Did you see the cute new border that Mrs. Jones put up? Did you see that Mrs. Martinez has a new class theme this year? What about Mr. Liu? Did you see how he changed the way his desks are arranged? The beginning of a new school year brings many changes. New students, perhaps a different school, a different grade level, a new program to implement, or even a change in your faculty, to name a few. All these changes can be exciting and difficult all at the same time. How do you approach change? What is the biggest change you’ve ever made in your class? Why did you make that change? What impact did you hope it would have on your students? Were you successful? What changes would you still like to implement in your teaching? What changes will you face this school year and how will you handle them?
As you begin another school year, you probably spent some time over the summer reflecting on changes you wanted to make for the upcoming school year. Yes, I know that teachers have the summers off, but I also know that teachers spend a lot of time thinking about school and their students, even when it’s summer break. Notice I didn’t call it summer vacation, because that’s not a real thing for most teachers. Teachers often spend time during summer break in professional development classes or trainings. They learn ways to improve their teaching so they can be more effective in their classrooms. As teachers learn new strategies or new ways to teach, they have to decide what changes, if any, they will make in their classrooms. This isn’t always an easy feat.
Change is not something that comes easy for most of us. Just because we know there is a better way doesn’t always mean that we choose the better way. Sometimes we choose to do something because it’s easy and we’re comfortable with it. In education the winds of change are always blowing. Teachers feel bombarded with this “new” program or that “new” approach. They often feel that change is forced on them. They may not see a need to change the way they do things. So even if change is something that would better them as teachers, or bring about more success to their students, they might be resistant to change.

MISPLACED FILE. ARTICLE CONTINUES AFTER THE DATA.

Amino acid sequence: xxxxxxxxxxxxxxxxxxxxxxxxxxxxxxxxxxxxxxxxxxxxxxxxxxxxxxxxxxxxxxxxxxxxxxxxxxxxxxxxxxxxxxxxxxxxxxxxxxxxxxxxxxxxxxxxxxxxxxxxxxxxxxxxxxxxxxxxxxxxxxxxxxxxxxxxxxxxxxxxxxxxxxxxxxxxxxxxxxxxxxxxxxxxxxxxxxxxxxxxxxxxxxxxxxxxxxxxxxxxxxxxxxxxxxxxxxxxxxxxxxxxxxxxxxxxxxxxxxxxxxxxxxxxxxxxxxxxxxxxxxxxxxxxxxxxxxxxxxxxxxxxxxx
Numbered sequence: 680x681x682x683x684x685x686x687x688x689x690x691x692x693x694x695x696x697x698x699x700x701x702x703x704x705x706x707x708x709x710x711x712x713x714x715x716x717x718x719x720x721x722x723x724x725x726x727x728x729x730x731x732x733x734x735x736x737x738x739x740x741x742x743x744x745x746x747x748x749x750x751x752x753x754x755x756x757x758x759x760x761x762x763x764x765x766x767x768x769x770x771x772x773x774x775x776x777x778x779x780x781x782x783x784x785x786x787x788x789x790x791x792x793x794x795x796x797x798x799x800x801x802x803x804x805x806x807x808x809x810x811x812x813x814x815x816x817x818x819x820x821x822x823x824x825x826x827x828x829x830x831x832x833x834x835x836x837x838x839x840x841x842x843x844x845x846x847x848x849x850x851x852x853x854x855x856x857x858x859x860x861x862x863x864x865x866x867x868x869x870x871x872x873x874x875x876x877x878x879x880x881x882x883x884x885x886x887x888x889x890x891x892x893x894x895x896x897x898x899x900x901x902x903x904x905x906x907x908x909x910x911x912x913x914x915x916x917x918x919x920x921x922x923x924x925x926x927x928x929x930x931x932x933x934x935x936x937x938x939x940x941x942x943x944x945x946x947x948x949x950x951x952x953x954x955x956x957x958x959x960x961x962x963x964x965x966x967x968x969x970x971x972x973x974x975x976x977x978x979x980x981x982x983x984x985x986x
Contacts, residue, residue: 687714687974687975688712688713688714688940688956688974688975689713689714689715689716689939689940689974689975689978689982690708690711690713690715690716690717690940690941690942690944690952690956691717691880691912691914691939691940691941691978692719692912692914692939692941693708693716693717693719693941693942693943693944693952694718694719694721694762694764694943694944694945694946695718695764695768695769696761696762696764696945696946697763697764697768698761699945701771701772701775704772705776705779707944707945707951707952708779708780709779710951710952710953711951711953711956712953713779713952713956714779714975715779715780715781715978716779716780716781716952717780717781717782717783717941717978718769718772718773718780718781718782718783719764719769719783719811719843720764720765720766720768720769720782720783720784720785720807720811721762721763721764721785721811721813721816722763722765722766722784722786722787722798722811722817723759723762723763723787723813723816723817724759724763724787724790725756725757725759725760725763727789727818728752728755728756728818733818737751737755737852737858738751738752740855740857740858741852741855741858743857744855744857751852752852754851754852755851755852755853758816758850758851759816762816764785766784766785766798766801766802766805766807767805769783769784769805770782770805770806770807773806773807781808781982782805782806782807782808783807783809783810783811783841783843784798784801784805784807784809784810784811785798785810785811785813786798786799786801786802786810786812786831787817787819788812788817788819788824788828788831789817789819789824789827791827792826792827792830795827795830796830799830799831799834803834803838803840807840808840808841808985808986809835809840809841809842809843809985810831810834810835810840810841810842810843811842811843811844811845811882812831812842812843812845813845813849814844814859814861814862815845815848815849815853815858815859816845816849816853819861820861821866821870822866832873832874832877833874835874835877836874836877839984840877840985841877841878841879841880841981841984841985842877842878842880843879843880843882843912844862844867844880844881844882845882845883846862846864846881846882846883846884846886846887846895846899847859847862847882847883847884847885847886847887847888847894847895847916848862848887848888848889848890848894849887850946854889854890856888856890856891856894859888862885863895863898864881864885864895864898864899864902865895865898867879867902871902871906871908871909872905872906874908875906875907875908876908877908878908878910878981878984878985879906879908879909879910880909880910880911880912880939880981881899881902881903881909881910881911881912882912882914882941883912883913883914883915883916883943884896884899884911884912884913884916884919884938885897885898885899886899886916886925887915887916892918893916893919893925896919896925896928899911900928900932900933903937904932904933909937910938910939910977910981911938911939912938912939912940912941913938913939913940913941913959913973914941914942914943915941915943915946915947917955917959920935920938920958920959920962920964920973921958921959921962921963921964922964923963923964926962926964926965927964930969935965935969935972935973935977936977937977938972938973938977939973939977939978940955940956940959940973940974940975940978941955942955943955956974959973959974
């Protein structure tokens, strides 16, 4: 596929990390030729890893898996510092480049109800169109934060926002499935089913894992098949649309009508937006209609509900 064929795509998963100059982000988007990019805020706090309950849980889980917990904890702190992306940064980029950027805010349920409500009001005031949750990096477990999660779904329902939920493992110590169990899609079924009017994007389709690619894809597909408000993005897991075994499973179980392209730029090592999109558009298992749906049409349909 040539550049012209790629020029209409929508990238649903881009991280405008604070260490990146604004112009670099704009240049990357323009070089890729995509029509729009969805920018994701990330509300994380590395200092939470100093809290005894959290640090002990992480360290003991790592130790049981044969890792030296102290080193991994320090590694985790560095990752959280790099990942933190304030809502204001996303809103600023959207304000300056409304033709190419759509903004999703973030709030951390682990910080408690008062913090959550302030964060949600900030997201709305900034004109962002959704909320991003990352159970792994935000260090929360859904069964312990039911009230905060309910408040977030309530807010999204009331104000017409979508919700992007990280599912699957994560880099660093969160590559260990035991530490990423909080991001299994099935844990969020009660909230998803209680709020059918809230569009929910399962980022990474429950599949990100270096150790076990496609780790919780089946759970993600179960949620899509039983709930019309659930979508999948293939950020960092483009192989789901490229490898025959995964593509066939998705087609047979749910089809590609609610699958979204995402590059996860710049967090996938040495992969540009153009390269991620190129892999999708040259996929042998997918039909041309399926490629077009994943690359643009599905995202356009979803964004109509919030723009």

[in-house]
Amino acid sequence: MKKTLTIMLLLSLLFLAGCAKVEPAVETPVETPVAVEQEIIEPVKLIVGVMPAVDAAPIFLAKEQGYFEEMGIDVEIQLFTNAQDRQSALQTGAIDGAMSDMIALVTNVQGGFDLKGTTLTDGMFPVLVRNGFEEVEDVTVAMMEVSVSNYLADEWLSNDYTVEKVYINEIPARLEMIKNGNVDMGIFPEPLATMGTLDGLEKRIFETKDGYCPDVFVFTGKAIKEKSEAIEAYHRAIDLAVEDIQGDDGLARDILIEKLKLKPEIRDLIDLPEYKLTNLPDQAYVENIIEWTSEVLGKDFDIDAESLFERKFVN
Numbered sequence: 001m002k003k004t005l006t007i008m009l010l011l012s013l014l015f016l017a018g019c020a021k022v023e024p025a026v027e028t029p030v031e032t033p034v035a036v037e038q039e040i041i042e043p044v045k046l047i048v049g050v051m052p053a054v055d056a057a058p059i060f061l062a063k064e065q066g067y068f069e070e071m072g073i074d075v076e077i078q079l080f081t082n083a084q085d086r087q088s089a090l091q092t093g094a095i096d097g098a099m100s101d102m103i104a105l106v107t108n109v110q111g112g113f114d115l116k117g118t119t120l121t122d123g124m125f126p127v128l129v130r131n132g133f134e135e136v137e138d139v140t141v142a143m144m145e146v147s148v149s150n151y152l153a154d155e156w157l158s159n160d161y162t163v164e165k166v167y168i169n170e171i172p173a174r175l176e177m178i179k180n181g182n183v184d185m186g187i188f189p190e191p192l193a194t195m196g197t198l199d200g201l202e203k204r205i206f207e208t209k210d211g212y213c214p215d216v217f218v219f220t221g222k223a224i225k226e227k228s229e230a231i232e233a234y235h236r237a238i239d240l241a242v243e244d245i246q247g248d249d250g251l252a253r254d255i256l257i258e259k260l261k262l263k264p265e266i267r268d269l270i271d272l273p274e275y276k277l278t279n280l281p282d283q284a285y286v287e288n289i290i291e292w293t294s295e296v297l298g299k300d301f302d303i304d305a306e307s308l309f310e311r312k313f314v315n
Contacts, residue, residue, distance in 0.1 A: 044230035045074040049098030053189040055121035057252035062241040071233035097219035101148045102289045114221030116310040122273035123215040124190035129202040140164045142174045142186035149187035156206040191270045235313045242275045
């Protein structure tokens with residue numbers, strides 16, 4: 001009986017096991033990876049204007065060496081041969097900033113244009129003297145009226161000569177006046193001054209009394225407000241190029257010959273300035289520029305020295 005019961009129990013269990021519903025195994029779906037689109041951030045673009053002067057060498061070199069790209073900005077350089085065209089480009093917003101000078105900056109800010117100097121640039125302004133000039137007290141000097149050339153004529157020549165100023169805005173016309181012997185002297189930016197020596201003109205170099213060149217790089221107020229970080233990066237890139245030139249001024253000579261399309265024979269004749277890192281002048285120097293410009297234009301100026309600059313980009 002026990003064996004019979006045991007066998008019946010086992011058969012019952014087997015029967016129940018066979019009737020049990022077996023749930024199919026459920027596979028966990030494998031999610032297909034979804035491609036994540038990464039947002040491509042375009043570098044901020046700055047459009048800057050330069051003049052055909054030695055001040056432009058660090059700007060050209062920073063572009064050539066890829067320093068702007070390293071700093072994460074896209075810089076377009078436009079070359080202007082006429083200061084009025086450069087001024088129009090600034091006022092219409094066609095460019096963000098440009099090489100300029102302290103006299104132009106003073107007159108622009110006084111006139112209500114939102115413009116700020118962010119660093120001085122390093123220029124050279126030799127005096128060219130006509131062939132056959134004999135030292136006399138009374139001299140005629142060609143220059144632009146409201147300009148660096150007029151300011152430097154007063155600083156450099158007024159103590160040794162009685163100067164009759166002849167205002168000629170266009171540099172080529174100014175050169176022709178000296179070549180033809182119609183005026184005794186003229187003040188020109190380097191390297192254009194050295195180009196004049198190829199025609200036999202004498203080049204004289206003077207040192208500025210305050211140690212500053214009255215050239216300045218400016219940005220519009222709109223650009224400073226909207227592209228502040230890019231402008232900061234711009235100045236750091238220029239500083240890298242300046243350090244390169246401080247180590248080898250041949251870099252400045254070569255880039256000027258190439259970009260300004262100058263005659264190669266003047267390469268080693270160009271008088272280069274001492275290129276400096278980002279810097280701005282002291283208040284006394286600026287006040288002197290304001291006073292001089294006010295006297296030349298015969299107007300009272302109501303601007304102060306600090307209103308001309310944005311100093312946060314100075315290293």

The reality is that if we want to improve we need to take a step back and see where we can make changes that will effect the improvement we desire. Don’t we learn the most from our failings? Don’t we want our students to make mistakes, or even fail, so they have an opportunity to learn from their mistakes? Have you ever had a student who was so afraid to make a mistake that it paralyzed him or her from even trying? We need to have the faith to fail. The courage to try something new. The determination to change our teaching practices to best teaching practices.
So what changes will you make? Will you change out that bulletin board that’s been there five years? Will you change the way you arrange your classroom? Will you change your approach to how you teach math or reading? Will you implement new classroom management strategies? Where can you improve as a teacher? What change is going to better not only you, but also your students this upcoming school year? Take time each day to reflect on your teaching. Ask yourself, what changes can I make to ensure success for all students?
Take a risk. Try something new. If you’re not seeing the results you’d like to see in your students’ data, stop teaching the way you’ve always taught. You might be surprised at what change will bring. What are you waiting for? Try something new today!